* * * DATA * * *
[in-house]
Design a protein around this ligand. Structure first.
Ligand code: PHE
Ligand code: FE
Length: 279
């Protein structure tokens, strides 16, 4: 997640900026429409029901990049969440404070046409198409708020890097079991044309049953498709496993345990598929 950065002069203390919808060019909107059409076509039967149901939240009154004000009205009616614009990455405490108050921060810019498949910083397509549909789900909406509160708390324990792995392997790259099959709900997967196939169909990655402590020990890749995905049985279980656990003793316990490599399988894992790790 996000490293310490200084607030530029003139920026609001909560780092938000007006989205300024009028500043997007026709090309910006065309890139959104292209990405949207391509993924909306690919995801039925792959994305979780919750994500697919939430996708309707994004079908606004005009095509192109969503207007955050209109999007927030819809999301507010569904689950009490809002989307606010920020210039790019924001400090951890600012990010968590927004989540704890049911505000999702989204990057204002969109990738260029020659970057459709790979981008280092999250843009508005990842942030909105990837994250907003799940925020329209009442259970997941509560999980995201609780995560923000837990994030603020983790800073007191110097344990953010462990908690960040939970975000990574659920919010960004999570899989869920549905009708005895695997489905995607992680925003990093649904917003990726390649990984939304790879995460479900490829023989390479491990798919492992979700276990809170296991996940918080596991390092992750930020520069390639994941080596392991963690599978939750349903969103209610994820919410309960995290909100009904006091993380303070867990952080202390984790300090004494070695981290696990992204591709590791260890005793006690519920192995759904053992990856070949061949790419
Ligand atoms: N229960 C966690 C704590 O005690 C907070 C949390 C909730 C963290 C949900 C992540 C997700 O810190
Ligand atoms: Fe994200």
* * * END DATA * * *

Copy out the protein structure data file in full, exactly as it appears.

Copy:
[in-house]
Design a protein around this ligand. Structure first.
Ligand code: PHE
Ligand code: FE
Length: 279
């Protein structure tokens, strides 16, 4: 997640900026429409029901990049969440404070046409198409708020890097079991044309049953498709496993345990598929 950065002069203390919808060019909107059409076509039967149901939240009154004000009205009616614009990455405490108050921060810019498949910083397509549909789900909406509160708390324990792995392997790259099959709900997967196939169909990655402590020990890749995905049985279980656990003793316990490599399988894992790790 996000490293310490200084607030530029003139920026609001909560780092938000007006989205300024009028500043997007026709090309910006065309890139959104292209990405949207391509993924909306690919995801039925792959994305979780919750994500697919939430996708309707994004079908606004005009095509192109969503207007955050209109999007927030819809999301507010569904689950009490809002989307606010920020210039790019924001400090951890600012990010968590927004989540704890049911505000999702989204990057204002969109990738260029020659970057459709790979981008280092999250843009508005990842942030909105990837994250907003799940925020329209009442259970997941509560999980995201609780995560923000837990994030603020983790800073007191110097344990953010462990908690960040939970975000990574659920919010960004999570899989869920549905009708005895695997489905995607992680925003990093649904917003990726390649990984939304790879995460479900490829023989390479491990798919492992979700276990809170296991996940918080596991390092992750930020520069390639994941080596392991963690599978939750349903969103209610994820919410309960995290909100009904006091993380303070867990952080202390984790300090004494070695981290696990992204591709590791260890005793006690519920192995759904053992990856070949061949790419
Ligand atoms: N229960 C966690 C704590 O005690 C907070 C949390 C909730 C963290 C949900 C992540 C997700 O810190
Ligand atoms: Fe994200």